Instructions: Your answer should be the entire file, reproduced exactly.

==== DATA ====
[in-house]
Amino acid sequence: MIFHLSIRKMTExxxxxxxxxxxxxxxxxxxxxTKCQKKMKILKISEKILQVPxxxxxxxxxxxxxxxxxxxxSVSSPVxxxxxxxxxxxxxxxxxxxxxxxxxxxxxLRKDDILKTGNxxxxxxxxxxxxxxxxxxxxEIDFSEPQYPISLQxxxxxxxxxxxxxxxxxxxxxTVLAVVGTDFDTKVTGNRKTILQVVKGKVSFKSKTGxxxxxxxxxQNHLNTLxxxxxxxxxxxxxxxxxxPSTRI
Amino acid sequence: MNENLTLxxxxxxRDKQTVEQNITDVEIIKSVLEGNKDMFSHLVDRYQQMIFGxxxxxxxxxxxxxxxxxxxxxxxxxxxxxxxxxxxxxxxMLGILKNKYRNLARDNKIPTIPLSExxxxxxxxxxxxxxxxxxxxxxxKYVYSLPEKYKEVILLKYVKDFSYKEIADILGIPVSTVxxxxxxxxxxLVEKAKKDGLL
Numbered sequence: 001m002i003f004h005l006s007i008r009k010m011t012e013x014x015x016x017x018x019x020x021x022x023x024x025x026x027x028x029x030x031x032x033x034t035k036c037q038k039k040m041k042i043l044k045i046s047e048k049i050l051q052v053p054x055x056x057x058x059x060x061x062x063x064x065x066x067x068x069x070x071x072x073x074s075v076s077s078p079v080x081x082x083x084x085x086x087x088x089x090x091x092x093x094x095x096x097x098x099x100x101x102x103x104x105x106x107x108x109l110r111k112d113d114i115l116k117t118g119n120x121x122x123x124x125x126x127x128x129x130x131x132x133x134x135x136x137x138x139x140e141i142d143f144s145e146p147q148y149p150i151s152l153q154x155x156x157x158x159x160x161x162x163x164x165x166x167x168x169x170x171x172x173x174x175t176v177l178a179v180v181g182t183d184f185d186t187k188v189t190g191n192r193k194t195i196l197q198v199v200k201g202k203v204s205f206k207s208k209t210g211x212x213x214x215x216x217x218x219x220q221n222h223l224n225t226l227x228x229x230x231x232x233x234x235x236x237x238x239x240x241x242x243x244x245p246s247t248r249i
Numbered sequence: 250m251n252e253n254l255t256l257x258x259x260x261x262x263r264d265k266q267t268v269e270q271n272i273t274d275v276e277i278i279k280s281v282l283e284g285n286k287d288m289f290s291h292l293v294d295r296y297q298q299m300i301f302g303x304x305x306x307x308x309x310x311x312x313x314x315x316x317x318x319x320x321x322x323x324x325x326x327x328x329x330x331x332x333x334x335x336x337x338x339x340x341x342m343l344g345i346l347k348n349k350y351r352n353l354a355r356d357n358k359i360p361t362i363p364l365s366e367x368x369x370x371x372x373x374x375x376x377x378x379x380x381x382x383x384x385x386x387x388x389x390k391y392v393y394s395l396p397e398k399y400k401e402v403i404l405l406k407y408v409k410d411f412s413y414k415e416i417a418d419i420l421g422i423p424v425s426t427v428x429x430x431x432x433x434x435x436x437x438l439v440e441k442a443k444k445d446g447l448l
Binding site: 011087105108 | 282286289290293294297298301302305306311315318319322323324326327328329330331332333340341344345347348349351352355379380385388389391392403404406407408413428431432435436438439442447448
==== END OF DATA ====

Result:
[in-house]
Amino acid sequence: MIFHLSIRKMTExxxxxxxxxxxxxxxxxxxxxTKCQKKMKILKISEKILQVPxxxxxxxxxxxxxxxxxxxxSVSSPVxxxxxxxxxxxxxxxxxxxxxxxxxxxxxLRKDDILKTGNxxxxxxxxxxxxxxxxxxxxEIDFSEPQYPISLQxxxxxxxxxxxxxxxxxxxxxTVLAVVGTDFDTKVTGNRKTILQVVKGKVSFKSKTGxxxxxxxxxQNHLNTLxxxxxxxxxxxxxxxxxxPSTRI
Amino acid sequence: MNENLTLxxxxxxRDKQTVEQNITDVEIIKSVLEGNKDMFSHLVDRYQQMIFGxxxxxxxxxxxxxxxxxxxxxxxxxxxxxxxxxxxxxxxMLGILKNKYRNLARDNKIPTIPLSExxxxxxxxxxxxxxxxxxxxxxxKYVYSLPEKYKEVILLKYVKDFSYKEIADILGIPVSTVxxxxxxxxxxLVEKAKKDGLL
Numbered sequence: 001m002i003f004h005l006s007i008r009k010m011t012e013x014x015x016x017x018x019x020x021x022x023x024x025x026x027x028x029x030x031x032x033x034t035k036c037q038k039k040m041k042i043l044k045i046s047e048k049i050l051q052v053p054x055x056x057x058x059x060x061x062x063x064x065x066x067x068x069x070x071x072x073x074s075v076s077s078p079v080x081x082x083x084x085x086x087x088x089x090x091x092x093x094x095x096x097x098x099x100x101x102x103x104x105x106x107x108x109l110r111k112d113d114i115l116k117t118g119n120x121x122x123x124x125x126x127x128x129x130x131x132x133x134x135x136x137x138x139x140e141i142d143f144s145e146p147q148y149p150i151s152l153q154x155x156x157x158x159x160x161x162x163x164x165x166x167x168x169x170x171x172x173x174x175t176v177l178a179v180v181g182t183d184f185d186t187k188v189t190g191n192r193k194t195i196l197q198v199v200k201g202k203v204s205f206k207s208k209t210g211x212x213x214x215x216x217x218x219x220q221n222h223l224n225t226l227x228x229x230x231x232x233x234x235x236x237x238x239x240x241x242x243x244x245p246s247t248r249i
Numbered sequence: 250m251n252e253n254l255t256l257x258x259x260x261x262x263r264d265k266q267t268v269e270q271n272i273t274d275v276e277i278i279k280s281v282l283e284g285n286k287d288m289f290s291h292l293v294d295r296y297q298q299m300i301f302g303x304x305x306x307x308x309x310x311x312x313x314x315x316x317x318x319x320x321x322x323x324x325x326x327x328x329x330x331x332x333x334x335x336x337x338x339x340x341x342m343l344g345i346l347k348n349k350y351r352n353l354a355r356d357n358k359i360p361t362i363p364l365s366e367x368x369x370x371x372x373x374x375x376x377x378x379x380x381x382x383x384x385x386x387x388x389x390k391y392v393y394s395l396p397e398k399y400k401e402v403i404l405l406k407y408v409k410d411f412s413y414k415e416i417a418d419i420l421g422i423p424v425s426t427v428x429x430x431x432x433x434x435x436x437x438l439v440e441k442a443k444k445d446g447l448l
Binding site: 011087105108 | 282286289290293294297298301302305306311315318319322323324326327328329330331332333340341344345347348349351352355379380385388389391392403404406407408413428431432435436438439442447448